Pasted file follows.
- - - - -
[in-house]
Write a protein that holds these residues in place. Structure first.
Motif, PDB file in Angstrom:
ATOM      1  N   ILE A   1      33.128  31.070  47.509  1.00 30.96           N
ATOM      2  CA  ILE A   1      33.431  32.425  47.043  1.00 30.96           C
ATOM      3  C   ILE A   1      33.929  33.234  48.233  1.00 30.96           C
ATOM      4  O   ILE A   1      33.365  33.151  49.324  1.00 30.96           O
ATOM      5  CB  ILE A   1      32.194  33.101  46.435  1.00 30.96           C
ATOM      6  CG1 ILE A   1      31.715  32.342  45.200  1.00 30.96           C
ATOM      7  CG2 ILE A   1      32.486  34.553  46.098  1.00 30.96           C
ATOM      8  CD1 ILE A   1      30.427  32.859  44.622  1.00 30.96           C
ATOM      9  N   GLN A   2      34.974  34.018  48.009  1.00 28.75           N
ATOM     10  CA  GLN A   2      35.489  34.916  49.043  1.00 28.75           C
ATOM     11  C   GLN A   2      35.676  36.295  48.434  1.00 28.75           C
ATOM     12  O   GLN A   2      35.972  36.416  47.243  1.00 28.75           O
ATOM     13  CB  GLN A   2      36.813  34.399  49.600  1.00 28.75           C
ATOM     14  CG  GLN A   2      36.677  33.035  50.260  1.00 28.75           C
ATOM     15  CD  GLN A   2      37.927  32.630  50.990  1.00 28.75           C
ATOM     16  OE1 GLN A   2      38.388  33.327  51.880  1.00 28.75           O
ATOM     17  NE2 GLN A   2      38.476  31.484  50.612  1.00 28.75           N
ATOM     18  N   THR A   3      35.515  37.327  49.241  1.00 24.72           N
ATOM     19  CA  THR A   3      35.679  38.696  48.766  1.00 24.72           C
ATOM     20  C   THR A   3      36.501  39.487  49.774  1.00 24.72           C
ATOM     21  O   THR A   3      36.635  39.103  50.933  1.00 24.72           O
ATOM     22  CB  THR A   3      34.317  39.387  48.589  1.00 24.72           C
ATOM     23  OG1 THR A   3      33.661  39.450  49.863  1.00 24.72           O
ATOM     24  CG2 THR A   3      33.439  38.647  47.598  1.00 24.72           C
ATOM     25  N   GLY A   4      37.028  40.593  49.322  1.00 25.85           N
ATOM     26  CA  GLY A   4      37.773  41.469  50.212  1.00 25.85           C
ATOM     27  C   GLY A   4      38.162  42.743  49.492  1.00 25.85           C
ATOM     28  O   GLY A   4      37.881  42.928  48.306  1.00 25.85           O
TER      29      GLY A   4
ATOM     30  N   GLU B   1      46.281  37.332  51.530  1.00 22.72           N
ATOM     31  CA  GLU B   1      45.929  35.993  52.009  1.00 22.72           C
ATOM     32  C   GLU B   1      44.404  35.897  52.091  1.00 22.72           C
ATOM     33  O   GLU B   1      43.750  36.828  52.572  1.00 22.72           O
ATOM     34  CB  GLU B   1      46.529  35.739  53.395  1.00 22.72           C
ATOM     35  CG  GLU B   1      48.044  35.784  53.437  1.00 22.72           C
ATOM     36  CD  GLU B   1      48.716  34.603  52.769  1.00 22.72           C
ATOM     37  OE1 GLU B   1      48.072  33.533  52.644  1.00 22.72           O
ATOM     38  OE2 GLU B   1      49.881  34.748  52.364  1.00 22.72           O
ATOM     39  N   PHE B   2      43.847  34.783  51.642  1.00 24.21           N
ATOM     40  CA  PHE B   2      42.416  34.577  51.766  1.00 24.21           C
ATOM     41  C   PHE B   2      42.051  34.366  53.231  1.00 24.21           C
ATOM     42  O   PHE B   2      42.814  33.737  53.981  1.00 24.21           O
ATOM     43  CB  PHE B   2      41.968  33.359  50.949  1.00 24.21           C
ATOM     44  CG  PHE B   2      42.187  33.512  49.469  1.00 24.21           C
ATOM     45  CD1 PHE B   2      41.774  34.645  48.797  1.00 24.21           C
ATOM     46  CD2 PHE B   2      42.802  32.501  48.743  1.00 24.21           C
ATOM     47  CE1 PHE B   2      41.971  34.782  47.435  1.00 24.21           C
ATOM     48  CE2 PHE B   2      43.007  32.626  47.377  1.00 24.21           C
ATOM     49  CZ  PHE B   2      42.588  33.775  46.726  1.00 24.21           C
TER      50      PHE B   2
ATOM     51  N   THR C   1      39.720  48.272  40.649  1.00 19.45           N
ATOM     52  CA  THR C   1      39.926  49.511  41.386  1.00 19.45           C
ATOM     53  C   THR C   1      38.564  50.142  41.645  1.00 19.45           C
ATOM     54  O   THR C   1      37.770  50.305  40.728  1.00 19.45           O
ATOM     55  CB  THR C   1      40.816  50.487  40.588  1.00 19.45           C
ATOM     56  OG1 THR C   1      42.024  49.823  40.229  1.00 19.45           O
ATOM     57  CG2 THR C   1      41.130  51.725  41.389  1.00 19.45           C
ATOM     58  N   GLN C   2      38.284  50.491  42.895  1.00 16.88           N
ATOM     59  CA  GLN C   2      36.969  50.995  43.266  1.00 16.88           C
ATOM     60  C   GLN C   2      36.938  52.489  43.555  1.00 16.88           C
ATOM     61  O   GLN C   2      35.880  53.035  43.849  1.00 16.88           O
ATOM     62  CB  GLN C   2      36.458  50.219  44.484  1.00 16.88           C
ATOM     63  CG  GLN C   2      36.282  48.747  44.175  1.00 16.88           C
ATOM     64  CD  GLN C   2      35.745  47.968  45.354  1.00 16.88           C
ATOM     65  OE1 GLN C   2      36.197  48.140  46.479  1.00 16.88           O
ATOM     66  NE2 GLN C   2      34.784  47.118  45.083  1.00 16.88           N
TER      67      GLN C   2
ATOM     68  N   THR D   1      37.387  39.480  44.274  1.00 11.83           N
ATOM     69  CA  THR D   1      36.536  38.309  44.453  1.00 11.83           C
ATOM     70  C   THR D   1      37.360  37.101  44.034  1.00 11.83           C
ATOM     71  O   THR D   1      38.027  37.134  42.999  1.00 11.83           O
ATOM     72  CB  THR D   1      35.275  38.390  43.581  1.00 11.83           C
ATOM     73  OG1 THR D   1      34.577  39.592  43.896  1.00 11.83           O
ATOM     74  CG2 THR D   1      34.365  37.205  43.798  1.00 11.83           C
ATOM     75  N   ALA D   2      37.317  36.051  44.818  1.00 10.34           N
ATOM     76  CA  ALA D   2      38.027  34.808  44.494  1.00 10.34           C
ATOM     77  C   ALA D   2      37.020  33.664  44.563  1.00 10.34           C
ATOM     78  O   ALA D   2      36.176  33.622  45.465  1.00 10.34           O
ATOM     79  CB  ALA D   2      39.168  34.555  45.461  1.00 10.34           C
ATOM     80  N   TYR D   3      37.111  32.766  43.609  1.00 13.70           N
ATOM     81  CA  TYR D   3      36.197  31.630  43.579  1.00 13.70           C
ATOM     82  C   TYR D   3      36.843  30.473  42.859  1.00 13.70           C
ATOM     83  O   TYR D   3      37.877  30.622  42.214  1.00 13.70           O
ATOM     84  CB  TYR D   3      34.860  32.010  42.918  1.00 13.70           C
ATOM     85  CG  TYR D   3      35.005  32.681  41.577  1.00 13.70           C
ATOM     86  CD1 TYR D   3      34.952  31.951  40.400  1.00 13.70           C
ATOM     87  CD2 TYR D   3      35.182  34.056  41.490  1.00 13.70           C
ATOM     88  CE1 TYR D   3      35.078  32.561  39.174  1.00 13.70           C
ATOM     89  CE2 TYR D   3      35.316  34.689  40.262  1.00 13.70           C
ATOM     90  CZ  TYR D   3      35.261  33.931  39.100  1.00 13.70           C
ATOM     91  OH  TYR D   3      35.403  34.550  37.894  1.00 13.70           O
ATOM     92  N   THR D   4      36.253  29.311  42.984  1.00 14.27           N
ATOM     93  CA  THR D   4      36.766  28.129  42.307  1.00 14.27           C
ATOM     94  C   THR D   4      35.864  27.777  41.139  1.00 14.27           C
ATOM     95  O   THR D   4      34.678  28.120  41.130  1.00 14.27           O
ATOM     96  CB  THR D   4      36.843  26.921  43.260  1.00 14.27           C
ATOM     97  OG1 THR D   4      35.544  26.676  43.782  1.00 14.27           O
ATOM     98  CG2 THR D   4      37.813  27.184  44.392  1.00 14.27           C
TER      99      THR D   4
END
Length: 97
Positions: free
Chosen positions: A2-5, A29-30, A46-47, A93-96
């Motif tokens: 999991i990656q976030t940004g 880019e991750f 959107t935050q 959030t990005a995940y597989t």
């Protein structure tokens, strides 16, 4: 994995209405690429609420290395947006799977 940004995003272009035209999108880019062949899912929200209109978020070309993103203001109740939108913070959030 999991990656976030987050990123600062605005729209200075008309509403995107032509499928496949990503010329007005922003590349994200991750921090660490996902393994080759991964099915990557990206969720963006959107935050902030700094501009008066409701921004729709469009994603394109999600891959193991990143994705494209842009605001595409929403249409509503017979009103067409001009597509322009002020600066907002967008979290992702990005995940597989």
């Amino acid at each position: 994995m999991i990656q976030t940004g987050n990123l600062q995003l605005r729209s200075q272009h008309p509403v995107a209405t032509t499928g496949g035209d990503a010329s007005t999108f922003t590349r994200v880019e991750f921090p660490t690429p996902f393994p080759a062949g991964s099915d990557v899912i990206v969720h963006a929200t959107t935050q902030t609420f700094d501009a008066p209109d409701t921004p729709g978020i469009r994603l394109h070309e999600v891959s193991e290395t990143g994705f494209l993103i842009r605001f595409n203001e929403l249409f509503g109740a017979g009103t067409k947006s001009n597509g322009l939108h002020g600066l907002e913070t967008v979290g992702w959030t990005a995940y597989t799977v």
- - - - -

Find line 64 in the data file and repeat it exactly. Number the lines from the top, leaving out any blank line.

ATOM     61  O   GLN C   2      35.880  53.035  43.849  1.00 16.88           O